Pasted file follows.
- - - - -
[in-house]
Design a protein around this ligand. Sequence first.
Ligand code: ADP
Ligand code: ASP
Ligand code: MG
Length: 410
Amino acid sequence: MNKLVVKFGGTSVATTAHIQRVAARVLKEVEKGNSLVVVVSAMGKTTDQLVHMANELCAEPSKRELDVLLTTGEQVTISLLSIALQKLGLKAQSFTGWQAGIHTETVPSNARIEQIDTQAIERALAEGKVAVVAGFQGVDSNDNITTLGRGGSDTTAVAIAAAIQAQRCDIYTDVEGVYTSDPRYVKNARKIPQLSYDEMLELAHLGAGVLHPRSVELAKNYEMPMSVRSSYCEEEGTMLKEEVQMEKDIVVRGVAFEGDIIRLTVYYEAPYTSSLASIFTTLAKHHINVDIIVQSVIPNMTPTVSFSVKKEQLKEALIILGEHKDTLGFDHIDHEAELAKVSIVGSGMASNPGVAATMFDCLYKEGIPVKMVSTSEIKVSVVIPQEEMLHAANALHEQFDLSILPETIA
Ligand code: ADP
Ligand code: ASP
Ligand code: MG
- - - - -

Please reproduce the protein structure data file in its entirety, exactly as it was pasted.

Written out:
[in-house]
Design a protein around this ligand. Sequence first.
Ligand code: ADP
Ligand code: ASP
Ligand code: MG
Length: 410
Amino acid sequence: MNKLVVKFGGTSVATTAHIQRVAARVLKEVEKGNSLVVVVSAMGKTTDQLVHMANELCAEPSKRELDVLLTTGEQVTISLLSIALQKLGLKAQSFTGWQAGIHTETVPSNARIEQIDTQAIERALAEGKVAVVAGFQGVDSNDNITTLGRGGSDTTAVAIAAAIQAQRCDIYTDVEGVYTSDPRYVKNARKIPQLSYDEMLELAHLGAGVLHPRSVELAKNYEMPMSVRSSYCEEEGTMLKEEVQMEKDIVVRGVAFEGDIIRLTVYYEAPYTSSLASIFTTLAKHHINVDIIVQSVIPNMTPTVSFSVKKEQLKEALIILGEHKDTLGFDHIDHEAELAKVSIVGSGMASNPGVAATMFDCLYKEGIPVKMVSTSEIKVSVVIPQEEMLHAANALHEQFDLSILPETIA
Ligand code: ADP
Ligand code: ASP
Ligand code: MG